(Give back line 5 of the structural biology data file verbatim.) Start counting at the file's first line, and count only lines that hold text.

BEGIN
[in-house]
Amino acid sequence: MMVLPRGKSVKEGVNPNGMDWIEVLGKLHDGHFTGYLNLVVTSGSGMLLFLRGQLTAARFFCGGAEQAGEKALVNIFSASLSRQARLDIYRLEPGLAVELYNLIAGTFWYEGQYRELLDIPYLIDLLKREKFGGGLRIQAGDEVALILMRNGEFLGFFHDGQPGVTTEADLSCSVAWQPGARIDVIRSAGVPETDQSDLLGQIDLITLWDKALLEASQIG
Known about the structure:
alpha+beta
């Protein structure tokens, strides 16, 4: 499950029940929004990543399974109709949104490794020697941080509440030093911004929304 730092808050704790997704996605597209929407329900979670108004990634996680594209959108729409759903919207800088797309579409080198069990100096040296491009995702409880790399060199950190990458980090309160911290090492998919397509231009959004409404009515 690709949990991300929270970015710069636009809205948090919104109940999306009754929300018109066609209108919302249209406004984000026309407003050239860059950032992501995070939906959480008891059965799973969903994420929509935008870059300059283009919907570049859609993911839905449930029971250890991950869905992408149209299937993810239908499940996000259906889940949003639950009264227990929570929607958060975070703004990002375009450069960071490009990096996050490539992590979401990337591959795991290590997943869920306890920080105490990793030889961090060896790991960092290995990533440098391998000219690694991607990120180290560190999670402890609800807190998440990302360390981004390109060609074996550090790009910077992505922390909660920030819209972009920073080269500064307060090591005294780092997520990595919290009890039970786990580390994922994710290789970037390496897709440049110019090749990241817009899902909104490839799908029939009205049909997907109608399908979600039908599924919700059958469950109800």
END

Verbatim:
């Protein structure tokens, strides 16, 4: 499950029940929004990543399974109709949104490794020697941080509440030093911004929304 730092808050704790997704996605597209929407329900979670108004990634996680594209959108729409759903919207800088797309579409080198069990100096040296491009995702409880790399060199950190990458980090309160911290090492998919397509231009959004409404009515 690709949990991300929270970015710069636009809205948090919104109940999306009754929300018109066609209108919302249209406004984000026309407003050239860059950032992501995070939906959480008891059965799973969903994420929509935008870059300059283009919907570049859609993911839905449930029971250890991950869905992408149209299937993810239908499940996000259906889940949003639950009264227990929570929607958060975070703004990002375009450069960071490009990096996050490539992590979401990337591959795991290590997943869920306890920080105490990793030889961090060896790991960092290995990533440098391998000219690694991607990120180290560190999670402890609800807190998440990302360390981004390109060609074996550090790009910077992505922390909660920030819209972009920073080269500064307060090591005294780092997520990595919290009890039970786990580390994922994710290789970037390496897709440049110019090749990241817009899902909104490839799908029939009205049909997907109608399908979600039908599924919700059958469950109800």